Too often, climate pledges are made with a target date set far into the future, requiring someone else to be responsible for the meeting of that target. With our climate budget for the City of Oslo, Norway’s capital, we do the opposite.
Just like a financial budget has a ceiling on how much money the city can spend, our climate budget sets a ceiling on the volume of carbon dioxide that can be emitted in the city in the same year. It’s not a separate document that collects dust on office shelves but is fully integrated into the most important document of any city, or nation for that matter: the fiscal budget.
Here’s how we did it, and what happened as a result.
We first introduced it in 2016, the world’s first at the time. Since then, the climate budget has energized climate action throughout our entire municipality. Yes, climate change was already high on Oslo’s political agenda, but this new governance instrument transported the issue from the periphery of environmental departments to the center of attention and mainstreamed it into daily operations and decision making.
Here are the six ingredients that made this possible:
1. Set goals
We rolled out climate strategies and goals that were in accordance with the most aggressive temperature targets in the Paris agreement, which limits warming to 1.5 degrees above pre-industrial levels. For us, that means the City Council agreed, in 2016, to become a near zero-emitting city by 2030, or a 95% reduction in emissions. We used 2009 as a baseline year because this was the first year the environment agency had detailed data about emission sources at the municipal level. Then we figured out the level of reductions needed by 2030.
We mapped out the annual carbon math for each year over a period of 4 years as this corresponds with the election term and a target for 2025. We identified what a realistic emission ceiling would look like for the forthcoming budget year, and here’s what we came up with. In 2018, for example, the ceiling was set at 1,054,000 tonnes of CO2 equivalents. In 2019, the emission ceiling is set at 932,000 tonnes of CO2e, and next year’s proposal is 809,000 tonnes of CO2e. This aggressive annual agenda ensures that climate action is not postponed and that action is taken now.
Each year, we are always checking and course correcting. We know we missed our target in 2017, for example, by around 85,000 tonnes CO2e. Based on that feedback, we corrected and improved estimates and analysis and increased attention and resources to find more effective measures to close that gap.
We created a list of emissions-reducing actions that we’ll take each year, the estimated impacts each action is projected to have, how much more will be spent that year on each action, and which government entity is responsible for implementation. This is the critical part. If you do this thoroughly, it’ll stimulate public awareness and discussion and support for climate-action planning, evaluation, and adjustment. In Oslo, we identified more than 40 measures and instruments at national, regional, and local scales. We expect some to directly reduce emissions, while other measures are softer instruments, such as communication and engagement, yet still helpful in reducing emissions.
We created a feedback system to monitor and evaluate if our climate budget is working properly. To inform us whether we are on/off track in delivering expected reductions in real-time, we developed “a climate barometer.” Our barometer has 14 indicators that are updated three times a year. It tracks any changes in activity—for example, the number and type of vehicles passing through the toll-ring, delivery of fuel for consumption in the city, bicycle traffic, and number of passengers using public transport.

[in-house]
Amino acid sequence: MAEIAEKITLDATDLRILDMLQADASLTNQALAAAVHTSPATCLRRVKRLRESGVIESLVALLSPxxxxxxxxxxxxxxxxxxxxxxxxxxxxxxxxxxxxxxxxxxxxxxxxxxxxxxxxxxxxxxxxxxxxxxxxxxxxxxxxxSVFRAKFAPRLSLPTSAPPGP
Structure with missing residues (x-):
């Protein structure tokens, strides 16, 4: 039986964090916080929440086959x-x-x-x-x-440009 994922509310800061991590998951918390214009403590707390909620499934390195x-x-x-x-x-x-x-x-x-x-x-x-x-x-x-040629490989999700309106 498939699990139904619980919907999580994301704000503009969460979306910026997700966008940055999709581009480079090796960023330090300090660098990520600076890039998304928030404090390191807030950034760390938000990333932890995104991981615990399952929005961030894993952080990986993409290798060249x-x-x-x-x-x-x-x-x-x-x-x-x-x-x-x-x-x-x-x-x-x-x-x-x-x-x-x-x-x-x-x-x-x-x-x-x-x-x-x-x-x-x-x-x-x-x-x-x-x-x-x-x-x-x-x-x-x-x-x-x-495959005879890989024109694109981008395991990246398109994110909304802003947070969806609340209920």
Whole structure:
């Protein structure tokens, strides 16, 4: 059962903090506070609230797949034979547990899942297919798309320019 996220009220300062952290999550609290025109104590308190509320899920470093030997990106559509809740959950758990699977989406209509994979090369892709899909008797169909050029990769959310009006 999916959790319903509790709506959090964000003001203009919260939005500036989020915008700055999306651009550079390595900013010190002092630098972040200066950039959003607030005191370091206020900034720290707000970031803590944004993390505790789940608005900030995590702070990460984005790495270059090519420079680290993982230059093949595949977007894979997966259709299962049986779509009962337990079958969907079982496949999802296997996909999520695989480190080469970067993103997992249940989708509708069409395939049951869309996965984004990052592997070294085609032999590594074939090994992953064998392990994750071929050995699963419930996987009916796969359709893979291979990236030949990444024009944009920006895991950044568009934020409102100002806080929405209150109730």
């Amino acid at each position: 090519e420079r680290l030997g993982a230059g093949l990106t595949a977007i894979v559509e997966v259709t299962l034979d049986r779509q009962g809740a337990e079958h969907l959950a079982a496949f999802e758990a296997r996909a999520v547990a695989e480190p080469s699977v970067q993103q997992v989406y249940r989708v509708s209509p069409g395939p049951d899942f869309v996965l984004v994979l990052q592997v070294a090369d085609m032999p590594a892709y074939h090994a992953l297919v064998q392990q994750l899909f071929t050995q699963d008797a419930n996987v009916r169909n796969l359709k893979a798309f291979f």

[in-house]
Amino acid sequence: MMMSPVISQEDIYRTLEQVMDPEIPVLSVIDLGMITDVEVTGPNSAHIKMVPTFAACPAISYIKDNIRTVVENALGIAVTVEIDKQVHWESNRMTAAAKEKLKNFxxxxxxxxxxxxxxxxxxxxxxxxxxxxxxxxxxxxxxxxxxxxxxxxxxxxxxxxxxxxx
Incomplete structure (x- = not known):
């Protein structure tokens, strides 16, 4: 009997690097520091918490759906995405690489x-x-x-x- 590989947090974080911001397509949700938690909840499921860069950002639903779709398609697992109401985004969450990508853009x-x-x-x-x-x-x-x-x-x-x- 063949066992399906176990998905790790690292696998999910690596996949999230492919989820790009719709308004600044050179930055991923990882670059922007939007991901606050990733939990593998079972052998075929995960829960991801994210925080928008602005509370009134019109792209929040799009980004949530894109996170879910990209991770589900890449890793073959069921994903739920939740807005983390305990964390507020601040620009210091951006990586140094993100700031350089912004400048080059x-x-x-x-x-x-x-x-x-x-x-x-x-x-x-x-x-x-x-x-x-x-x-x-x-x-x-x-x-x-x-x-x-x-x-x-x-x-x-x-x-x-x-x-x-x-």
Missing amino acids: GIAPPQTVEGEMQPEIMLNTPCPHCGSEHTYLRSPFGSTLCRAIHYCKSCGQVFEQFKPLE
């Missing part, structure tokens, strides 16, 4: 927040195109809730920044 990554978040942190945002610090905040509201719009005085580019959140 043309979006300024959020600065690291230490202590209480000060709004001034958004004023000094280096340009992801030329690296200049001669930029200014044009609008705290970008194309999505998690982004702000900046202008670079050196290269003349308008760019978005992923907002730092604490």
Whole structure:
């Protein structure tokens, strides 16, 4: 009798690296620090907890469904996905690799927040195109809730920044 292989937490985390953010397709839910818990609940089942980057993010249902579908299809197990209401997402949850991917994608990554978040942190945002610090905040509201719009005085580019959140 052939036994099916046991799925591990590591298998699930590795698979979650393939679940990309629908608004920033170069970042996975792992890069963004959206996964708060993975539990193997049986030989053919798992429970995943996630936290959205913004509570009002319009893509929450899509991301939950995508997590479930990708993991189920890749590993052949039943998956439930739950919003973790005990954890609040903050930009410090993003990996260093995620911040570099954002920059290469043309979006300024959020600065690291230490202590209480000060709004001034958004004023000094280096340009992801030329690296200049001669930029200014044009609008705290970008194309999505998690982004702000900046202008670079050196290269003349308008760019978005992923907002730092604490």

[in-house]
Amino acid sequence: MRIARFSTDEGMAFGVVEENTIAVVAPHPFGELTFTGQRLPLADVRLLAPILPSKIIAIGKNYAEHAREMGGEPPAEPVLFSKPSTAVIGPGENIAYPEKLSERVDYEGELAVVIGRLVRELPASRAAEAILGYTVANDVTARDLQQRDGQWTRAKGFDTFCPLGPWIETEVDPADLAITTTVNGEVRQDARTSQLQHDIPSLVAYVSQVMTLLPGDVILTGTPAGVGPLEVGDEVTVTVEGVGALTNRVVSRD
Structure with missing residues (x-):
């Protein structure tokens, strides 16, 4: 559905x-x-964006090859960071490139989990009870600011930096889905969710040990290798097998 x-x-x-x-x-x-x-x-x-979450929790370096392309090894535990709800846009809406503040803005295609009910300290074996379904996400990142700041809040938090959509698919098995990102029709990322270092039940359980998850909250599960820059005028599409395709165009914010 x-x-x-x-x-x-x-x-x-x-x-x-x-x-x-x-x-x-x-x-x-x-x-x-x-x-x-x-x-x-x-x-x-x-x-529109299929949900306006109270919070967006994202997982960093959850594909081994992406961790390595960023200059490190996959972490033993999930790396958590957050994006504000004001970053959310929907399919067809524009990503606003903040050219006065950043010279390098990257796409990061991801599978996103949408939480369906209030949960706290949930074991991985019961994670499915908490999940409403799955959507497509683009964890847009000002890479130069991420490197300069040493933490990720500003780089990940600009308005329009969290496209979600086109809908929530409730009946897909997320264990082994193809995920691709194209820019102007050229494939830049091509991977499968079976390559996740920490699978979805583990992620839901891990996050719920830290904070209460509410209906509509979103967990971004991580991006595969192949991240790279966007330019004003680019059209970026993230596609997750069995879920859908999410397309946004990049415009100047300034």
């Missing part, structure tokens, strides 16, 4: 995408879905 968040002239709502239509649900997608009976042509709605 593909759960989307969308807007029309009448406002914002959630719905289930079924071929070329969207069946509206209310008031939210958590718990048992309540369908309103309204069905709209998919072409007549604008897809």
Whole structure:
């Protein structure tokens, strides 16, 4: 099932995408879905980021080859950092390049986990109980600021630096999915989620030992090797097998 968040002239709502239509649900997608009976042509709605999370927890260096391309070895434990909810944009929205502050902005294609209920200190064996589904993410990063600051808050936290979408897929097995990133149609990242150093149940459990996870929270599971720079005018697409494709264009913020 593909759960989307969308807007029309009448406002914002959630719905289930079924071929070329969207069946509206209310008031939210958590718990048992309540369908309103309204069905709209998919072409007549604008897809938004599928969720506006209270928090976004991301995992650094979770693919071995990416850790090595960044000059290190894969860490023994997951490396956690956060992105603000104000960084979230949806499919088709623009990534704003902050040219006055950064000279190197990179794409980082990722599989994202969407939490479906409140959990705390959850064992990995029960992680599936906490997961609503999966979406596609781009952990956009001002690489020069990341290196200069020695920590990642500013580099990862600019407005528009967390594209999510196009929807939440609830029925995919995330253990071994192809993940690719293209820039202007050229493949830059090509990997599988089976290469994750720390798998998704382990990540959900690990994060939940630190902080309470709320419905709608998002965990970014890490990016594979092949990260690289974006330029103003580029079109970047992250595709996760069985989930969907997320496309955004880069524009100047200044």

The barometer has proven useful in identifying any need for increased action. It helped us identify a not-insignificant gap in how we measure carbon, for example, a gap that represented 100,000 tonnes of CO2e. This illustrates just one of many benefits of the climate budget. When a gap is identified, the system triggers the need to take immediate action.
We made sure the climate budget communicates quality-of-life benefits to city residents. Our budget describes how climate actions contribute to making Oslo a better city in which to live. And we make it easy for city residents to follow the progress in decarbonizing the city and understand what it will take to achieve deep reductions in the long term.
We made sure the climate budget sits in the right city office. By allocating responsibility for the climate budget process to the vice mayor of finance, Oslo managed to create cross-municipal ownership of the climate agenda. Every agency or unit needs to report on progress, as they would need to under a financial budget. The climate budget defines who is responsible for acting and at what cost.
We can’t think of a better tool for cities to adopt. It’s extremely flexible and adaptable and can fit any toolbox size or scale of implementation. For us, the climate budget is now efficiently managing our mitigation measures, ensuring that they are identified, prioritized, costed, and that effects are measured and reported. And it’s allowing us to be constantly informed on how we are doing. Perhaps you would think there is a downside to this, that we’re extremely exposed to failure. But it works in quite the opposite way. It triggers faster action to decarbonize. And it’s pushing our city government to show how it will deliver, year-by-year, on our longer-term climate-strategy.
While a climate budget is no guarantee that we will reach our targets, it’s strengthening our chances of doing so. No more punting of targets to future leaders, then, allowing frivolous carbon spending in the short term. Time to start budgeting.
Morten Nordskag is the special advisor, International Climate Cooperation for the City of Oslo.